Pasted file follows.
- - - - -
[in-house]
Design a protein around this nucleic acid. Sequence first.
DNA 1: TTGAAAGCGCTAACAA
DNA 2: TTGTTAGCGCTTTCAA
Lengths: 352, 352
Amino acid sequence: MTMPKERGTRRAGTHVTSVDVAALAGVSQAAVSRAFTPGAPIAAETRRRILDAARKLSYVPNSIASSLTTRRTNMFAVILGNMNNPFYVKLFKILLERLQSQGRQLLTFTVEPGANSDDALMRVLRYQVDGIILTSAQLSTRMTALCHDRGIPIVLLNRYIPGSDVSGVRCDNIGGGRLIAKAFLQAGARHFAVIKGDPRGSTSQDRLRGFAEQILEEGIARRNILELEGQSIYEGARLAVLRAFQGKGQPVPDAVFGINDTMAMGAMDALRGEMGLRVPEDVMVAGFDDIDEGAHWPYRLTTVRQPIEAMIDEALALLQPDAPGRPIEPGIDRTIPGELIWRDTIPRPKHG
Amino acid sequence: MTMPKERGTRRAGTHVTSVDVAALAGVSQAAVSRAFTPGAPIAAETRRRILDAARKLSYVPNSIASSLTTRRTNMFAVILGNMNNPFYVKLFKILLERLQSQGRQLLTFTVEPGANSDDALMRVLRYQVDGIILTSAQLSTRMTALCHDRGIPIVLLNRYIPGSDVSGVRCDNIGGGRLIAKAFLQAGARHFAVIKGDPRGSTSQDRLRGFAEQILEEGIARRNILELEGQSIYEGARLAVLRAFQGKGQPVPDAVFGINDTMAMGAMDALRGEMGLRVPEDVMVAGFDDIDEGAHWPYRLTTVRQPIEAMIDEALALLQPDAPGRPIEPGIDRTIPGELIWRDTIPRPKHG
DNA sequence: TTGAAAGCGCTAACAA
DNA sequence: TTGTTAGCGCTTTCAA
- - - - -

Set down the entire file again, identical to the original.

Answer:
[in-house]
Design a protein around this nucleic acid. Sequence first.
DNA 1: TTGAAAGCGCTAACAA
DNA 2: TTGTTAGCGCTTTCAA
Lengths: 352, 352
Amino acid sequence: MTMPKERGTRRAGTHVTSVDVAALAGVSQAAVSRAFTPGAPIAAETRRRILDAARKLSYVPNSIASSLTTRRTNMFAVILGNMNNPFYVKLFKILLERLQSQGRQLLTFTVEPGANSDDALMRVLRYQVDGIILTSAQLSTRMTALCHDRGIPIVLLNRYIPGSDVSGVRCDNIGGGRLIAKAFLQAGARHFAVIKGDPRGSTSQDRLRGFAEQILEEGIARRNILELEGQSIYEGARLAVLRAFQGKGQPVPDAVFGINDTMAMGAMDALRGEMGLRVPEDVMVAGFDDIDEGAHWPYRLTTVRQPIEAMIDEALALLQPDAPGRPIEPGIDRTIPGELIWRDTIPRPKHG
Amino acid sequence: MTMPKERGTRRAGTHVTSVDVAALAGVSQAAVSRAFTPGAPIAAETRRRILDAARKLSYVPNSIASSLTTRRTNMFAVILGNMNNPFYVKLFKILLERLQSQGRQLLTFTVEPGANSDDALMRVLRYQVDGIILTSAQLSTRMTALCHDRGIPIVLLNRYIPGSDVSGVRCDNIGGGRLIAKAFLQAGARHFAVIKGDPRGSTSQDRLRGFAEQILEEGIARRNILELEGQSIYEGARLAVLRAFQGKGQPVPDAVFGINDTMAMGAMDALRGEMGLRVPEDVMVAGFDDIDEGAHWPYRLTTVRQPIEAMIDEALALLQPDAPGRPIEPGIDRTIPGELIWRDTIPRPKHG
DNA sequence: TTGAAAGCGCTAACAA
DNA sequence: TTGTTAGCGCTTTCAA